Whilst The Golden Age as it is known has long since provided a benchmark of foxhunting excellence and excitement, we note that today’s foxhunters are blessed with some decided advantages.

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Cubbing with the BSV 2010

A Visitor’s View

Cubbing with the BSV 2010It was an unrivalled invitation: to spend two months hunting in the United States with Anne McIntosh, MFH of the Blue Ridge Hunt (VA). As a hunting-mad Brit who’d grown up with the West Country packs of my native Somerset, I was intrigued to learn about the tradition of the sport on the other side of the pond.

Coming over to help with Anne’s horses, I took particular interest in the type and manners of what I would usually call hunters, soon learning they were called field hunters stateside. What struck me was their condition. A sunny American summer was as evident in the bloom on these horses’ coats as in the suntans on their riders! The fact that the majority of these horses also live out throughout the hunting season (which would be impossible with our muddy British winters) I think contributed to their impeccable manners and relaxed temperaments.

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The Traveling Foxhunter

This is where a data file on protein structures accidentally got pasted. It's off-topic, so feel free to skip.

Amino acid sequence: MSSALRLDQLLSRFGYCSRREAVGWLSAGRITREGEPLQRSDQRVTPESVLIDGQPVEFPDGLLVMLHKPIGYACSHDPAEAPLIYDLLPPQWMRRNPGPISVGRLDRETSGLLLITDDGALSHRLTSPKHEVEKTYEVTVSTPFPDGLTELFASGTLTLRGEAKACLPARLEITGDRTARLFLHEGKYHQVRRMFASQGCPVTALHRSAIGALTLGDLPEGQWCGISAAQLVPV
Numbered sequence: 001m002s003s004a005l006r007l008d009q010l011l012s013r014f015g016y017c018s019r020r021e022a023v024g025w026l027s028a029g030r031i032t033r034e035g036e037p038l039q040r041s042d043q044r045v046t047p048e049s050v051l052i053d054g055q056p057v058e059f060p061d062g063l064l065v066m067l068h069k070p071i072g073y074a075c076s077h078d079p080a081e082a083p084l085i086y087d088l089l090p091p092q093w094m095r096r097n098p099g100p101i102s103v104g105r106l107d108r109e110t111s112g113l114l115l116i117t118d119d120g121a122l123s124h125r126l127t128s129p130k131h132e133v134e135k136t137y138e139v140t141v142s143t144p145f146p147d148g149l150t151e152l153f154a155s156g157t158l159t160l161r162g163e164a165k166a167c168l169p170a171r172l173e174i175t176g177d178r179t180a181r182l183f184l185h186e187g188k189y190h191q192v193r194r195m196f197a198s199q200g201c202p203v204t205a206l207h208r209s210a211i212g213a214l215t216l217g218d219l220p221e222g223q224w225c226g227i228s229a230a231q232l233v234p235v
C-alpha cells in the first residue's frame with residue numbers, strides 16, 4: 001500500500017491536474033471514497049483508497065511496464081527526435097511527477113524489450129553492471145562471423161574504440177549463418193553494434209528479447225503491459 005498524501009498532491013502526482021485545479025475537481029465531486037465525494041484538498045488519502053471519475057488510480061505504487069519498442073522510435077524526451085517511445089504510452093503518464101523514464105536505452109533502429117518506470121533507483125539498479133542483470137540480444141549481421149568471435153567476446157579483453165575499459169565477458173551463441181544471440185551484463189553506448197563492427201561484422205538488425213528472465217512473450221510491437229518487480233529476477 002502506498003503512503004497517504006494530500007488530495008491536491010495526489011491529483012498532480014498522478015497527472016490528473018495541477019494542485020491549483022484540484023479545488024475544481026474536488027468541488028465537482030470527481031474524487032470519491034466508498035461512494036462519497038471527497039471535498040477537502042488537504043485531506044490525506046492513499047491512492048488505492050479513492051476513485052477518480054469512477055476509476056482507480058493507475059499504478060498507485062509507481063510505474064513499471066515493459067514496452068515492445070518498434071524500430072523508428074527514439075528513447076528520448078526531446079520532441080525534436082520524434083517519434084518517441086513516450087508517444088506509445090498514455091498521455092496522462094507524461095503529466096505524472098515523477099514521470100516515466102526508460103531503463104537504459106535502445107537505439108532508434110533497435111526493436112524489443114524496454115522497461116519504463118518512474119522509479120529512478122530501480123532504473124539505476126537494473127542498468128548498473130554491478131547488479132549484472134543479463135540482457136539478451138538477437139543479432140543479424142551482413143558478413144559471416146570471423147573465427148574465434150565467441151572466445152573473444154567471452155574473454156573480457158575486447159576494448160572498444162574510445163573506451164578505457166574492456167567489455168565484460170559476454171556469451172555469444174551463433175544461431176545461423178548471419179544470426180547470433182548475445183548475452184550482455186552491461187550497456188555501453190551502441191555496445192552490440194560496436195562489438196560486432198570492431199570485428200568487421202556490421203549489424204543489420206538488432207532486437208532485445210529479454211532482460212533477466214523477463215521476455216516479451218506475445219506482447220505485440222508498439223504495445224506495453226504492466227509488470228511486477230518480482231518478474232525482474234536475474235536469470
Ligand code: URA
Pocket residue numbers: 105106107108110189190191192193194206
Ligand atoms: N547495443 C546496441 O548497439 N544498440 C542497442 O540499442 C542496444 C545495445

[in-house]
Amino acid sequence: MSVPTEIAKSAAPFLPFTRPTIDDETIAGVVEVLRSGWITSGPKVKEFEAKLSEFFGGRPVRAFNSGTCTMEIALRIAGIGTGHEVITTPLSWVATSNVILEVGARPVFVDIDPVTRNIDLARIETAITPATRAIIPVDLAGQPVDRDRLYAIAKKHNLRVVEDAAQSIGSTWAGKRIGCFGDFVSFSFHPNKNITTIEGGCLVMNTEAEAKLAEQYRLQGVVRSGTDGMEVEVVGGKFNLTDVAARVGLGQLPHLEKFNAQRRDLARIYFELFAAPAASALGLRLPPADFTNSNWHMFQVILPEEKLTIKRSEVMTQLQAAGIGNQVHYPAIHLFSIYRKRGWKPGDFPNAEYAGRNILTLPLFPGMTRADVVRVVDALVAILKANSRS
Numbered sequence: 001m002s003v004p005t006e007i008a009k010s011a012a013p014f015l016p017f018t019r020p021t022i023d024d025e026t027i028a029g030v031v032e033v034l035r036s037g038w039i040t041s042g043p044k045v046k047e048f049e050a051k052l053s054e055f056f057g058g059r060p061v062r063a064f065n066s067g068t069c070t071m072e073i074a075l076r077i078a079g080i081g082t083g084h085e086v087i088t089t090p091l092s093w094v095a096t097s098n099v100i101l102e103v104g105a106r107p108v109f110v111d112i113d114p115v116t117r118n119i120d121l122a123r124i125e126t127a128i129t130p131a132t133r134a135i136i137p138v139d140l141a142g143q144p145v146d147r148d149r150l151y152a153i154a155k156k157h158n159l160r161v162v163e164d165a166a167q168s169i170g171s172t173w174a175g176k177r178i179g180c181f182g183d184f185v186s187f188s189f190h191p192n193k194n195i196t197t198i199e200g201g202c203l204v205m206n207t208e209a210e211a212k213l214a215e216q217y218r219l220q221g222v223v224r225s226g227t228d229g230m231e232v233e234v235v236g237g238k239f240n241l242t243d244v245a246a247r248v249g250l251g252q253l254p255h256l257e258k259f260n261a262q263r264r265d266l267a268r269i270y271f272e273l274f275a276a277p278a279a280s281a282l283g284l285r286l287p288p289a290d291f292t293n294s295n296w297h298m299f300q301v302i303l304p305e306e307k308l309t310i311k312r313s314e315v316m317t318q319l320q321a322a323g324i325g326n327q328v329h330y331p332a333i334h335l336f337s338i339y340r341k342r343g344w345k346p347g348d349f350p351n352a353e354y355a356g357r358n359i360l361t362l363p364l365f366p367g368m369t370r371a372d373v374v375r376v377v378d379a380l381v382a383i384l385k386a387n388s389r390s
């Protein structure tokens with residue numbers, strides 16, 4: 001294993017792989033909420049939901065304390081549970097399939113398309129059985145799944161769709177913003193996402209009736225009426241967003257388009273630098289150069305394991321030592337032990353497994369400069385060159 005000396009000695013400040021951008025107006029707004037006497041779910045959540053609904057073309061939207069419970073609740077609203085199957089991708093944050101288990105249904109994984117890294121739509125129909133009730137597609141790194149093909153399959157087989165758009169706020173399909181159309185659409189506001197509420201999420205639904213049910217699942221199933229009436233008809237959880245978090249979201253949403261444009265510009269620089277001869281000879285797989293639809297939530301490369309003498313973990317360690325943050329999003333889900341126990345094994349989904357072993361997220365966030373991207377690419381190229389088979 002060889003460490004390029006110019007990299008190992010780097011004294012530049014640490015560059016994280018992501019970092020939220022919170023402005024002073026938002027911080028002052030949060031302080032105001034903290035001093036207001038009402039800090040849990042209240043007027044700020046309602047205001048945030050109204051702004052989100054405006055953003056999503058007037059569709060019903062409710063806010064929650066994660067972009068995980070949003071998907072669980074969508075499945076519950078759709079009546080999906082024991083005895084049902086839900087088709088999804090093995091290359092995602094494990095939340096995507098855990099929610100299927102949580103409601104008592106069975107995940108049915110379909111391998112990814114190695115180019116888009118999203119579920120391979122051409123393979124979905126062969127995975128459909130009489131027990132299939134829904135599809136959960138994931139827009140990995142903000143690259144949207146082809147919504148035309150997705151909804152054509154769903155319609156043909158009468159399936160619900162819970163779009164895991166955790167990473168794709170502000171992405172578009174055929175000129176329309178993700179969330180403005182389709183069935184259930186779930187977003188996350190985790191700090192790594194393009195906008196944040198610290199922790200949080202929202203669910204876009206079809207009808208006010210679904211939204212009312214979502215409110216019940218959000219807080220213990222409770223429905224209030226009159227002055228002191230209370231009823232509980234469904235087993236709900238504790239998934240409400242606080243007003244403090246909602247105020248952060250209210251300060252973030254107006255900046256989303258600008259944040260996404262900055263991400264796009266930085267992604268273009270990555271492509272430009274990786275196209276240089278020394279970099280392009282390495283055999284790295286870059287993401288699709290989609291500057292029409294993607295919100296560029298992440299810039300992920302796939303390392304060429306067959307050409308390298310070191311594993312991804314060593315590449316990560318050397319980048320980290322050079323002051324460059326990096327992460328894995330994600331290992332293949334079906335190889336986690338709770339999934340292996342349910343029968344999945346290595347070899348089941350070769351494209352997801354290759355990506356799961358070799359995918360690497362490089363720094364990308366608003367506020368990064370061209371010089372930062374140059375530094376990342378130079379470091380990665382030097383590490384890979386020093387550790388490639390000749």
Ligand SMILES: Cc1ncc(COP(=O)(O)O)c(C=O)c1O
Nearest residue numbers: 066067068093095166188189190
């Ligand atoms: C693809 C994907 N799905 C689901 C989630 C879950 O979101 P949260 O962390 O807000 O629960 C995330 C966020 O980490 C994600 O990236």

Sport is in full swing across North America now, and foxhunters are on the move—visiting friends in other hunts, seeking new experiences, attending hunt weeks in distant hunting countries, and responding to long-standing invitations. Long ago, I learned the hard way that a travel checklist is a must. So here are my personal checklists—one for me and one for my horse—that I print out fresh before every trip. Using them won’t guarantee an incident-free trip, as I once discovered after leaving all my tack behind in the stable driveway. But barring such stupidity on your part, they will go a long way in assuring that you have what you need when you get there! Go to the Resources drop-down menu, and click on Checklist under the Travel category. Print the lists for yourself and check off as you pack. Let us know what’s missing, so we can add it for the next traveling foxhunter.... This content is for subscribers only.Log In Join Now